Relational Vs. Transactional Contracts: How to build healthier and more beneficial supplier relationships

We’ve all been in those contract negotiation meetings with suppliers on one side of the table and buyers on the other. There’s always an inevitable tension in the room as both parties seek to meet their needs and the conversation can quickly turn into a tit-for-tat trade-off of terms and conditions.

Of course, this isn’t anyone’s intention but it feels like it’s the way to “do business” with a bit of good cop/bad cop interplay that can actually undermine the relationship from the get-go. These meetings aren’t always Apprentice-esque fireworks or Dragon’s Den-style imbalanced power dynamics, but the fact remains that it doesn’t always feel like everyone came out as winners or at the very least managed to protect their risk.


So what’s the solution?

We’ve recognised the need for a more contemporary, collaborative approach to supplier relationship management (and have developed the software platform to help facilitate these conversations too.)

This relational style of contract and supplier management can offer significant advantages in negotiating complex supplier contracts, managing dependent relationships and driving down costs, increasing quality and fast-forwarding innovation. It also is a future-focused move towards a world where we use data to drive behaviour, not contracts.


Relationship Vs. Deal

A forward-thinking supply chain team understands the longer-term impacts of negotiating the right contracts. A short-term deal mentality can lead to resentment and inflexibility that the same team will probably have to manage from its inception.

The recognition that the huge multiplicity of factors in play and a pragmatic and cooperative approach to the early stages of supplier engagement mean that the relationship starts as it means to go on. This isn’t about striking the best deal and creating incredibly tight terms that “feel” safe and like a quick win – it’s the ability to foresee that these terms may have to be malleable as the situation changes. If the last couple of years of supply chain disruption has taught us anything, it’s that change is the only constant.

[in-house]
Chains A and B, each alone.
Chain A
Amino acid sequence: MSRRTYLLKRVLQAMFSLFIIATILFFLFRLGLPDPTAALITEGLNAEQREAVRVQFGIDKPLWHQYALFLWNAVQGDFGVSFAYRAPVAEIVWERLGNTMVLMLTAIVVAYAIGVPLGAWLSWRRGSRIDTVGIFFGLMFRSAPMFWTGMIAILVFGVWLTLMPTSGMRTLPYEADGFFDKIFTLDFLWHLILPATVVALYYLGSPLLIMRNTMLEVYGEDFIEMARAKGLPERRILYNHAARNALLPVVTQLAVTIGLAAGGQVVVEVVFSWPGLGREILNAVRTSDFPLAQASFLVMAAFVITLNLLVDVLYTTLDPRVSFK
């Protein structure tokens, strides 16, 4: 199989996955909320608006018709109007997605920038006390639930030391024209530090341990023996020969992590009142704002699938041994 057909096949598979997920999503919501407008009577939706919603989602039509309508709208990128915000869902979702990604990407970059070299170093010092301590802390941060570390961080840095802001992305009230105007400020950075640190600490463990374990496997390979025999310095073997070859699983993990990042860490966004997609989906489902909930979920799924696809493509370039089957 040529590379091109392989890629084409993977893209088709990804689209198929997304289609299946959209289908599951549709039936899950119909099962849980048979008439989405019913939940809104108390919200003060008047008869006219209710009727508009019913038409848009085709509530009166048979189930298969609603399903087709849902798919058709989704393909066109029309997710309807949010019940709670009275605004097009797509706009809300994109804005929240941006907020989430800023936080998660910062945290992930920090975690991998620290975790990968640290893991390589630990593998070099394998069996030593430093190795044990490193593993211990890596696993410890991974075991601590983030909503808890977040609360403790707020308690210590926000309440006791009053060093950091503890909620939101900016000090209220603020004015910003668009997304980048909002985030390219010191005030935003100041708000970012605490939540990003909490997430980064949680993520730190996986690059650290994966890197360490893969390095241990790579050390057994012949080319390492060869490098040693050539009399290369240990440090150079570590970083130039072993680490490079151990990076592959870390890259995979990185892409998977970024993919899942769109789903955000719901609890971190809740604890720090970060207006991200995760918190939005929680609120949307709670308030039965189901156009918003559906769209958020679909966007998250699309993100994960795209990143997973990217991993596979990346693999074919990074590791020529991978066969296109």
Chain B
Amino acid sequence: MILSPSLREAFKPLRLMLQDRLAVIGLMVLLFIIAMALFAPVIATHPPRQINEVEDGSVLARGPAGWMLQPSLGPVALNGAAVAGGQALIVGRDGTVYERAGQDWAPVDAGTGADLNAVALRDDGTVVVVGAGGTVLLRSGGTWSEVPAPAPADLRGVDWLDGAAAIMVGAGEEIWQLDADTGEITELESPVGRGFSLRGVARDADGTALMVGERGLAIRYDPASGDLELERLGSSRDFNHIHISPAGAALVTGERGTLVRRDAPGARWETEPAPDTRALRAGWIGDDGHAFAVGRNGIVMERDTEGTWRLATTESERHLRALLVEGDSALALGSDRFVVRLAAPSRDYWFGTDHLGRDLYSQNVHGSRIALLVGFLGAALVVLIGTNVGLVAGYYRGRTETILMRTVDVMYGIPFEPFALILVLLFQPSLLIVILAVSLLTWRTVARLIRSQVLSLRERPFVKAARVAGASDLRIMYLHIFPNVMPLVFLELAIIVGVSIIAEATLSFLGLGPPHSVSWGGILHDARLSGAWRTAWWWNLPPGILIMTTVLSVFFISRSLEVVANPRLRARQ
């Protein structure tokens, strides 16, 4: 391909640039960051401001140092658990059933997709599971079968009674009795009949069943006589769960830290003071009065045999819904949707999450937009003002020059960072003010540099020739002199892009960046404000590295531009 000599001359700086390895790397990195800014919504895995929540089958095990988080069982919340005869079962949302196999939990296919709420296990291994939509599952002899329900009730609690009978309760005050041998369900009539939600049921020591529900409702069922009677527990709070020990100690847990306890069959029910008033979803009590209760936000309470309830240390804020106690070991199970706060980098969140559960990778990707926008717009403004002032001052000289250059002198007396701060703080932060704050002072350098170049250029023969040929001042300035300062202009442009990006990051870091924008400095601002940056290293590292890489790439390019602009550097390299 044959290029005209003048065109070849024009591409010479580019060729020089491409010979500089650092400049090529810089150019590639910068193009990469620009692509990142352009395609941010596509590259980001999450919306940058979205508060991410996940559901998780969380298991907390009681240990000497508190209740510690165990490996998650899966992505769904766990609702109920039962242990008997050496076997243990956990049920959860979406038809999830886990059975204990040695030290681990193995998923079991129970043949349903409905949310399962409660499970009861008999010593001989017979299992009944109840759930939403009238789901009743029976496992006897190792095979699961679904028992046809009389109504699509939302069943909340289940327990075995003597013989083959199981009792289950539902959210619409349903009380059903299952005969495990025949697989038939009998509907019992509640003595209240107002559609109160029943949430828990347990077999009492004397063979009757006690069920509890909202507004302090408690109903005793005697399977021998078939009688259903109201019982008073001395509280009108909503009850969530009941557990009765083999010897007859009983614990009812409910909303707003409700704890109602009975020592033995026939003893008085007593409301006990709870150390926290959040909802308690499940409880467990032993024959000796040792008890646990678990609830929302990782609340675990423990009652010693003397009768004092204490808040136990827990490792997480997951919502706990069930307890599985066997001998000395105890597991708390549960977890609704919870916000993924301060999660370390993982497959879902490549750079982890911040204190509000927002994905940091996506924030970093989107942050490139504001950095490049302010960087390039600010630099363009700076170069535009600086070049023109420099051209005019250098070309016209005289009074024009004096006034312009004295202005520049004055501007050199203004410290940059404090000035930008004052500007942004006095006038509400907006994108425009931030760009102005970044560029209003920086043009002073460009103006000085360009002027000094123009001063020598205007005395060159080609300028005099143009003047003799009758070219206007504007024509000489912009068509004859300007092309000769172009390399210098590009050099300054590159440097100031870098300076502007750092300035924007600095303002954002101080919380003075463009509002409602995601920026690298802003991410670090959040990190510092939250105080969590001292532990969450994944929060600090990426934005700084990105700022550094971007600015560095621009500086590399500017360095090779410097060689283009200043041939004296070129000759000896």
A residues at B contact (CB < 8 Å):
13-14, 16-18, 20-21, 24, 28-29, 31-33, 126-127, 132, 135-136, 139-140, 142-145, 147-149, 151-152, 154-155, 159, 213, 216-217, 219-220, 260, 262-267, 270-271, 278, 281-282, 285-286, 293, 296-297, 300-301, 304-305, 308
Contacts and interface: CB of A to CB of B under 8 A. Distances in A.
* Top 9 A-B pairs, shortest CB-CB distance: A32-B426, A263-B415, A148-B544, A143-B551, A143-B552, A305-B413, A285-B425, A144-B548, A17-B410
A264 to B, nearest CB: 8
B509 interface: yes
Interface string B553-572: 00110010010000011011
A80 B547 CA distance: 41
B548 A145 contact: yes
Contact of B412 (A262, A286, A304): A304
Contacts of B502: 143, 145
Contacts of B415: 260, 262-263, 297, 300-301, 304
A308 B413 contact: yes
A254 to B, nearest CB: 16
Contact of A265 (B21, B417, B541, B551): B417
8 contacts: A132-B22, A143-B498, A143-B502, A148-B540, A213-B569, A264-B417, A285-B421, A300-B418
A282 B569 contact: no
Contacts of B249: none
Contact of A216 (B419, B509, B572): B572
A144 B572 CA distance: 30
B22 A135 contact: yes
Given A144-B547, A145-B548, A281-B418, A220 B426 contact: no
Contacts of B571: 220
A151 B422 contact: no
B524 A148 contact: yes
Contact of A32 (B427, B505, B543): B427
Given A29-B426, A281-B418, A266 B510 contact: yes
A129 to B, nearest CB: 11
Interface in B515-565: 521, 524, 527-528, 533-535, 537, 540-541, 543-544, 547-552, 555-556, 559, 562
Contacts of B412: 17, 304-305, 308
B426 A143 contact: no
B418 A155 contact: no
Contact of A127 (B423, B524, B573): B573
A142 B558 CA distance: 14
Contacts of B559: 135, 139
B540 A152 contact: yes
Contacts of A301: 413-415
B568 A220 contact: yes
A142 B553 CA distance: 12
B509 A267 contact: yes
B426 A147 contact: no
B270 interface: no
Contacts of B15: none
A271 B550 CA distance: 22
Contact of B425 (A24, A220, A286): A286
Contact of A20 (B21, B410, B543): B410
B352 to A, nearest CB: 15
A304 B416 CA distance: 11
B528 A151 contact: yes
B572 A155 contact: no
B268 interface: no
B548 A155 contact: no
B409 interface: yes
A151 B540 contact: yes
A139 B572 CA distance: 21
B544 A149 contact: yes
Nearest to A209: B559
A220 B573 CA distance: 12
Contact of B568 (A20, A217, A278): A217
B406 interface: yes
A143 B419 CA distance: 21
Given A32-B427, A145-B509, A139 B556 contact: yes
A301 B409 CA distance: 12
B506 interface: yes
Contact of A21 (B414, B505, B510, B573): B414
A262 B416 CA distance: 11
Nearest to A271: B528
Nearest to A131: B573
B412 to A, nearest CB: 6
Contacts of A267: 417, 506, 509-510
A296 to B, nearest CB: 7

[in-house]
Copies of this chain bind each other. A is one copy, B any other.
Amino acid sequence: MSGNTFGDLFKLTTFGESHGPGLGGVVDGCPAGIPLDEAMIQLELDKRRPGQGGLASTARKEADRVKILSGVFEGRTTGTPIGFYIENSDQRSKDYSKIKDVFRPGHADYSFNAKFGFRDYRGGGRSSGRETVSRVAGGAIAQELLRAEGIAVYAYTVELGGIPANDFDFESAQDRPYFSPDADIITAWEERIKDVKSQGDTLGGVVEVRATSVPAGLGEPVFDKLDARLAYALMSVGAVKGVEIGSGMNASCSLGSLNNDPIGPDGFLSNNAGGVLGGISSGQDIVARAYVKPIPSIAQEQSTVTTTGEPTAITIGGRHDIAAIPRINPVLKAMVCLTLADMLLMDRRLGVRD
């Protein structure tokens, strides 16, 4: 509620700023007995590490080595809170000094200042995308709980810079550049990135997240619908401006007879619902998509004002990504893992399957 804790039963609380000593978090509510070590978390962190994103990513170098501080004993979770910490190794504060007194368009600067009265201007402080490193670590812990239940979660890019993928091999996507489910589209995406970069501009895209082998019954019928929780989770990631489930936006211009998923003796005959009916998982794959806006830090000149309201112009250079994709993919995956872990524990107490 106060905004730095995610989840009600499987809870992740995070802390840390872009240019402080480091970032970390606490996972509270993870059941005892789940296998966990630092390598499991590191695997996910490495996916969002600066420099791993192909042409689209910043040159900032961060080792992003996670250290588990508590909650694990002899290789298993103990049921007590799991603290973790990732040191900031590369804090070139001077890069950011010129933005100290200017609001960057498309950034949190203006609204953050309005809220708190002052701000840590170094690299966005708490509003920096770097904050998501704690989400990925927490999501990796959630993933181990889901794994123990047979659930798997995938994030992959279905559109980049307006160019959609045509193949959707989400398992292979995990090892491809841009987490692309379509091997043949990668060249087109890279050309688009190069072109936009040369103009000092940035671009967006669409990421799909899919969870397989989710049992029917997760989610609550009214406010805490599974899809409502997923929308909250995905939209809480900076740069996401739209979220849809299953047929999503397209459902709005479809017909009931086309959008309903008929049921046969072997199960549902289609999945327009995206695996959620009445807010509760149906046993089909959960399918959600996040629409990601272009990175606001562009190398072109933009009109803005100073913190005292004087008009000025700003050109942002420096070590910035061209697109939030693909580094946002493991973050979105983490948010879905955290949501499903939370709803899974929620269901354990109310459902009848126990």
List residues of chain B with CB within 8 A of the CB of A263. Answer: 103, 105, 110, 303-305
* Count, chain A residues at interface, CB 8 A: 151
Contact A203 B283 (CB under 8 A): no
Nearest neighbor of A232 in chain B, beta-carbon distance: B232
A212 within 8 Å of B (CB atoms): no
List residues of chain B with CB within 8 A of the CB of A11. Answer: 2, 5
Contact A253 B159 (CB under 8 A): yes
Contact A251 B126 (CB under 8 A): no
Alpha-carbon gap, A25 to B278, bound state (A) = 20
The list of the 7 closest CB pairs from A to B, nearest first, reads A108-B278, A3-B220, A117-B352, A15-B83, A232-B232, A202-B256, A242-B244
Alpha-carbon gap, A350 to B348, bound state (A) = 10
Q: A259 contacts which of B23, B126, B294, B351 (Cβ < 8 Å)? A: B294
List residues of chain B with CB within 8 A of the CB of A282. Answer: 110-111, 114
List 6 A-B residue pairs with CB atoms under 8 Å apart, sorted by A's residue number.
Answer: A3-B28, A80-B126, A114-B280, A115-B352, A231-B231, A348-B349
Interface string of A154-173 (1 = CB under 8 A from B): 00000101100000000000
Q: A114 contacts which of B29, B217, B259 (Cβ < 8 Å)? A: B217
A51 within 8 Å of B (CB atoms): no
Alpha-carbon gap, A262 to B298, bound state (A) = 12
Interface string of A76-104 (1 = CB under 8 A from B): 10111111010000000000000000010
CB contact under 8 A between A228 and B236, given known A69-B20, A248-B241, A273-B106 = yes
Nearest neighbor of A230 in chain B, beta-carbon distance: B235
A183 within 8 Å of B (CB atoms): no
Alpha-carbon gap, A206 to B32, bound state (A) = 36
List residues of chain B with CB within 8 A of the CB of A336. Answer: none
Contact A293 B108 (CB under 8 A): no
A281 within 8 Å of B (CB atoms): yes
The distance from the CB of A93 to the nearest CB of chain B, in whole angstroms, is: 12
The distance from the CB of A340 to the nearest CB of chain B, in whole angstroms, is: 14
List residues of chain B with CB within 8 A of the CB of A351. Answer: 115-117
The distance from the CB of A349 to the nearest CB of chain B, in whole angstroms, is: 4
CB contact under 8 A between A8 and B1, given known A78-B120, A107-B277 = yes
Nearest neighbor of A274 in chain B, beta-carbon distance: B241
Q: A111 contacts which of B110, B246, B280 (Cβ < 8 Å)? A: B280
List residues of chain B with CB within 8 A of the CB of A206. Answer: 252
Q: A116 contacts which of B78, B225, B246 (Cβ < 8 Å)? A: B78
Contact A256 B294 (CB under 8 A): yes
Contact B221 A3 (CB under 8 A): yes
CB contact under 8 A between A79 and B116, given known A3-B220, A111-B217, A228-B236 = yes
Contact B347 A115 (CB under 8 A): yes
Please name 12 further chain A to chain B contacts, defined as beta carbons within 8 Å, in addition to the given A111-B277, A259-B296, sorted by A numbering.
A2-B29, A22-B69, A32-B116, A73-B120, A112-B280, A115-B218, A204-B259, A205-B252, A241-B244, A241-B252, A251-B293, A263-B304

You don’t want every conversation in the future to be a carrot or stick, or a make or break based on a signed terms document that is restrictive, punitive or strategically damaging should either party sway slightly out of their lane.

It’s only natural

Purely from a human perspective, we’re geared to look for partnerships in trade and our personal lives that are mutually beneficial, so a relational approach to supplier management is in our very nature. Psychologically we strive for fairness, and honesty and relish equity and integrity.

On the flip side of this, we also believe in recognising unfair behaviour, assigning responsibility and admonishing “bad” behaviour. It’s built into us culturally in the justice system, so having a relational approach encourages transparency in knowing what the penalty is (and agreeing this is a fair consequence) for not adhering to the contractual terms.


Risk is managed

Having a transparent and collaborative supplier relationship management culture (preferably supported by a platform like SourceDogg) ensures that complex and dependent supplier partnerships can thrive and both parties can identify and invest their time to mitigate risks.

Suppliers must understand that their customer’s success is their success so embracing the fact that you’re in this together is essential to solving problems instead of instigating power battles by frantically sending passive-aggressive emails to each other.


The contract is just the start…

As we mentioned earlier, the buying event and contract award is just the start of the relationship and it’s often one of the least important factors for the collaboration proper.

It’s important to recognise that a supplier relationship management programme relies on continuous input and improvement, it is never complete.

The terms, mechanisms and processes must flow and change to keep both parties’ interests in alignment. It’s also incredibly important to start as you meant to go on and for either party to be seen as unfair, haughty, difficult or worse is just a status and power battle that no one really wants to be part of.


It’s all about trust

In difficult trading conditions for many, with cost increases, inflation, labour cost increases, supply chain disruptions and much more, supply chain teams are looking for better ways to implement dynamic yet formalised relational contracts. We believe this relational approach to contracts is the antidote to transaction-based deals that mirror normal social behaviour and helps mitigate risk over the long term.

If you’re looking for a better way to have this kind of transparent and collaborative partnership, we’d love to show you how SourceDogg’s supplier relationship management software platform helps you achieve exactly that. Get in touch today for a demo and see for yourself why leading supply chain teams across a huge array of industries are choosing to come on board.

Recommended Posts